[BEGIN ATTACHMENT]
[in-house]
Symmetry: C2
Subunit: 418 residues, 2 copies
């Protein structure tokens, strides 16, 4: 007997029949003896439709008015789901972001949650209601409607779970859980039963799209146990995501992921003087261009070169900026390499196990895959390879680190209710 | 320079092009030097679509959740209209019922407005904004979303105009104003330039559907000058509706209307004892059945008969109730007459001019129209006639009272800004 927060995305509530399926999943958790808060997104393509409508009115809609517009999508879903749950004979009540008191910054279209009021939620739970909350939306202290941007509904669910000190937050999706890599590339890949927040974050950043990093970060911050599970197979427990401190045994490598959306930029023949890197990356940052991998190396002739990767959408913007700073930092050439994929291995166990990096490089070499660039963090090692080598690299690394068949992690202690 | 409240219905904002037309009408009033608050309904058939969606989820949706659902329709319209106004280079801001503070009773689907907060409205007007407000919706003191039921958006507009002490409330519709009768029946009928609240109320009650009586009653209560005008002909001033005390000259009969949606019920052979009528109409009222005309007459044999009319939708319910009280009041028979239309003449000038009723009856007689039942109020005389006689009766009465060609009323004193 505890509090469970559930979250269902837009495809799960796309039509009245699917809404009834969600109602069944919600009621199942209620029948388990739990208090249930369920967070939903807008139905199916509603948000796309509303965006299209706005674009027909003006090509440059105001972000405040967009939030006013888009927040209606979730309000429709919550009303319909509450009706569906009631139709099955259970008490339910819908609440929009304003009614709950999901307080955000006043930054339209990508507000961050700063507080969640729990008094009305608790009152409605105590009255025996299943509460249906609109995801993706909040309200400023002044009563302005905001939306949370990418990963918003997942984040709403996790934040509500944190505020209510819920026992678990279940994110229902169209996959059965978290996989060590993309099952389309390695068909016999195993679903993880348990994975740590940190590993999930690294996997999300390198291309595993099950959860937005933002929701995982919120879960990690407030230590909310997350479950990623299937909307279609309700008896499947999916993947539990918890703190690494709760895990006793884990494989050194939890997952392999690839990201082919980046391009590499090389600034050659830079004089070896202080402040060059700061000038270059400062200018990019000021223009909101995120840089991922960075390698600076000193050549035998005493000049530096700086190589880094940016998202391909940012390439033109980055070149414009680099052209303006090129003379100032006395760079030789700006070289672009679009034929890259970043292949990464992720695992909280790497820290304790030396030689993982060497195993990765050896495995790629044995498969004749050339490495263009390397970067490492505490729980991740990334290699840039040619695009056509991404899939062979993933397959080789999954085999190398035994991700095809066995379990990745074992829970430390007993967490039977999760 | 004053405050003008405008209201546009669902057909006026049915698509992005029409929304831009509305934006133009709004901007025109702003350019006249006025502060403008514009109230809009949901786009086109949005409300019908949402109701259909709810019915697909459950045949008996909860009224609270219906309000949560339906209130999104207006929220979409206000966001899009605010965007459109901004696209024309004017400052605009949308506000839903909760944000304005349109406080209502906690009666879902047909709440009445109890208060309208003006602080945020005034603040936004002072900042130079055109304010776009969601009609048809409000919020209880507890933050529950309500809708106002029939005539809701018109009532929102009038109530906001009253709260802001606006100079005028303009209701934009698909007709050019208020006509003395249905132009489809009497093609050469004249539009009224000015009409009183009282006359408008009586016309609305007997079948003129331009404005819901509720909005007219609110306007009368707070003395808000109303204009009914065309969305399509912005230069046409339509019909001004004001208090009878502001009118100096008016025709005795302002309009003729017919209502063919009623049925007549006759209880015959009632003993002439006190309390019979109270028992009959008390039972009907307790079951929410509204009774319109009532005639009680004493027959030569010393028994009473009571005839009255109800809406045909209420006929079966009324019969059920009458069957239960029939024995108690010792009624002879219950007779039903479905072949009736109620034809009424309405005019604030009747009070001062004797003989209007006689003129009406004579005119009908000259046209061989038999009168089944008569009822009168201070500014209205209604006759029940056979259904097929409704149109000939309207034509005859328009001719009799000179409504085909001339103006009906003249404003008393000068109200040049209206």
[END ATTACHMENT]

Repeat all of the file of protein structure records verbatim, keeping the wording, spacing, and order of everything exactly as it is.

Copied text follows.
[in-house]
Symmetry: C2
Subunit: 418 residues, 2 copies
């Protein structure tokens, strides 16, 4: 007997029949003896439709008015789901972001949650209601409607779970859980039963799209146990995501992921003087261009070169900026390499196990895959390879680190209710 | 320079092009030097679509959740209209019922407005904004979303105009104003330039559907000058509706209307004892059945008969109730007459001019129209006639009272800004 927060995305509530399926999943958790808060997104393509409508009115809609517009999508879903749950004979009540008191910054279209009021939620739970909350939306202290941007509904669910000190937050999706890599590339890949927040974050950043990093970060911050599970197979427990401190045994490598959306930029023949890197990356940052991998190396002739990767959408913007700073930092050439994929291995166990990096490089070499660039963090090692080598690299690394068949992690202690 | 409240219905904002037309009408009033608050309904058939969606989820949706659902329709319209106004280079801001503070009773689907907060409205007007407000919706003191039921958006507009002490409330519709009768029946009928609240109320009650009586009653209560005008002909001033005390000259009969949606019920052979009528109409009222005309007459044999009319939708319910009280009041028979239309003449000038009723009856007689039942109020005389006689009766009465060609009323004193 505890509090469970559930979250269902837009495809799960796309039509009245699917809404009834969600109602069944919600009621199942209620029948388990739990208090249930369920967070939903807008139905199916509603948000796309509303965006299209706005674009027909003006090509440059105001972000405040967009939030006013888009927040209606979730309000429709919550009303319909509450009706569906009631139709099955259970008490339910819908609440929009304003009614709950999901307080955000006043930054339209990508507000961050700063507080969640729990008094009305608790009152409605105590009255025996299943509460249906609109995801993706909040309200400023002044009563302005905001939306949370990418990963918003997942984040709403996790934040509500944190505020209510819920026992678990279940994110229902169209996959059965978290996989060590993309099952389309390695068909016999195993679903993880348990994975740590940190590993999930690294996997999300390198291309595993099950959860937005933002929701995982919120879960990690407030230590909310997350479950990623299937909307279609309700008896499947999916993947539990918890703190690494709760895990006793884990494989050194939890997952392999690839990201082919980046391009590499090389600034050659830079004089070896202080402040060059700061000038270059400062200018990019000021223009909101995120840089991922960075390698600076000193050549035998005493000049530096700086190589880094940016998202391909940012390439033109980055070149414009680099052209303006090129003379100032006395760079030789700006070289672009679009034929890259970043292949990464992720695992909280790497820290304790030396030689993982060497195993990765050896495995790629044995498969004749050339490495263009390397970067490492505490729980991740990334290699840039040619695009056509991404899939062979993933397959080789999954085999190398035994991700095809066995379990990745074992829970430390007993967490039977999760 | 004053405050003008405008209201546009669902057909006026049915698509992005029409929304831009509305934006133009709004901007025109702003350019006249006025502060403008514009109230809009949901786009086109949005409300019908949402109701259909709810019915697909459950045949008996909860009224609270219906309000949560339906209130999104207006929220979409206000966001899009605010965007459109901004696209024309004017400052605009949308506000839903909760944000304005349109406080209502906690009666879902047909709440009445109890208060309208003006602080945020005034603040936004002072900042130079055109304010776009969601009609048809409000919020209880507890933050529950309500809708106002029939005539809701018109009532929102009038109530906001009253709260802001606006100079005028303009209701934009698909007709050019208020006509003395249905132009489809009497093609050469004249539009009224000015009409009183009282006359408008009586016309609305007997079948003129331009404005819901509720909005007219609110306007009368707070003395808000109303204009009914065309969305399509912005230069046409339509019909001004004001208090009878502001009118100096008016025709005795302002309009003729017919209502063919009623049925007549006759209880015959009632003993002439006190309390019979109270028992009959008390039972009907307790079951929410509204009774319109009532005639009680004493027959030569010393028994009473009571005839009255109800809406045909209420006929079966009324019969059920009458069957239960029939024995108690010792009624002879219950007779039903479905072949009736109620034809009424309405005019604030009747009070001062004797003989209007006689003129009406004579005119009908000259046209061989038999009168089944008569009822009168201070500014209205209604006759029940056979259904097929409704149109000939309207034509005859328009001719009799000179409504085909001339103006009906003249404003008393000068109200040049209206």